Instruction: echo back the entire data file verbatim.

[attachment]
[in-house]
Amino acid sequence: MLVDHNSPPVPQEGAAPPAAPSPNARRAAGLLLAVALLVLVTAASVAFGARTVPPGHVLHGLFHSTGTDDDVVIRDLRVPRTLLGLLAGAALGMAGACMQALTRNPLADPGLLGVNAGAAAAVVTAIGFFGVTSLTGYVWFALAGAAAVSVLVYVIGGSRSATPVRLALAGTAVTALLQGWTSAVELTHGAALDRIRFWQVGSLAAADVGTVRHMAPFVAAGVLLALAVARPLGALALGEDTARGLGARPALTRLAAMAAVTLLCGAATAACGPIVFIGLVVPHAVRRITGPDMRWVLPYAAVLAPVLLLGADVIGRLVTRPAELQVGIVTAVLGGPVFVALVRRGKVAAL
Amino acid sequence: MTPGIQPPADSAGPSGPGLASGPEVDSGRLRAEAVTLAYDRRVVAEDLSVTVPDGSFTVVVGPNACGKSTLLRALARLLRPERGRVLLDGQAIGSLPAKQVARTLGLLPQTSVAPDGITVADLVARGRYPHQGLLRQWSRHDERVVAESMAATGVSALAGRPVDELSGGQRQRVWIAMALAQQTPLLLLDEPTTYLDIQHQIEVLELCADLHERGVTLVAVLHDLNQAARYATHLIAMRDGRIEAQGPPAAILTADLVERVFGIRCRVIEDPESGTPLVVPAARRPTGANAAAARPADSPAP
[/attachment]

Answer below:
[in-house]
Amino acid sequence: MLVDHNSPPVPQEGAAPPAAPSPNARRAAGLLLAVALLVLVTAASVAFGARTVPPGHVLHGLFHSTGTDDDVVIRDLRVPRTLLGLLAGAALGMAGACMQALTRNPLADPGLLGVNAGAAAAVVTAIGFFGVTSLTGYVWFALAGAAAVSVLVYVIGGSRSATPVRLALAGTAVTALLQGWTSAVELTHGAALDRIRFWQVGSLAAADVGTVRHMAPFVAAGVLLALAVARPLGALALGEDTARGLGARPALTRLAAMAAVTLLCGAATAACGPIVFIGLVVPHAVRRITGPDMRWVLPYAAVLAPVLLLGADVIGRLVTRPAELQVGIVTAVLGGPVFVALVRRGKVAAL
Amino acid sequence: MTPGIQPPADSAGPSGPGLASGPEVDSGRLRAEAVTLAYDRRVVAEDLSVTVPDGSFTVVVGPNACGKSTLLRALARLLRPERGRVLLDGQAIGSLPAKQVARTLGLLPQTSVAPDGITVADLVARGRYPHQGLLRQWSRHDERVVAESMAATGVSALAGRPVDELSGGQRQRVWIAMALAQQTPLLLLDEPTTYLDIQHQIEVLELCADLHERGVTLVAVLHDLNQAARYATHLIAMRDGRIEAQGPPAAILTADLVERVFGIRCRVIEDPESGTPLVVPAARRPTGANAAAARPADSPAP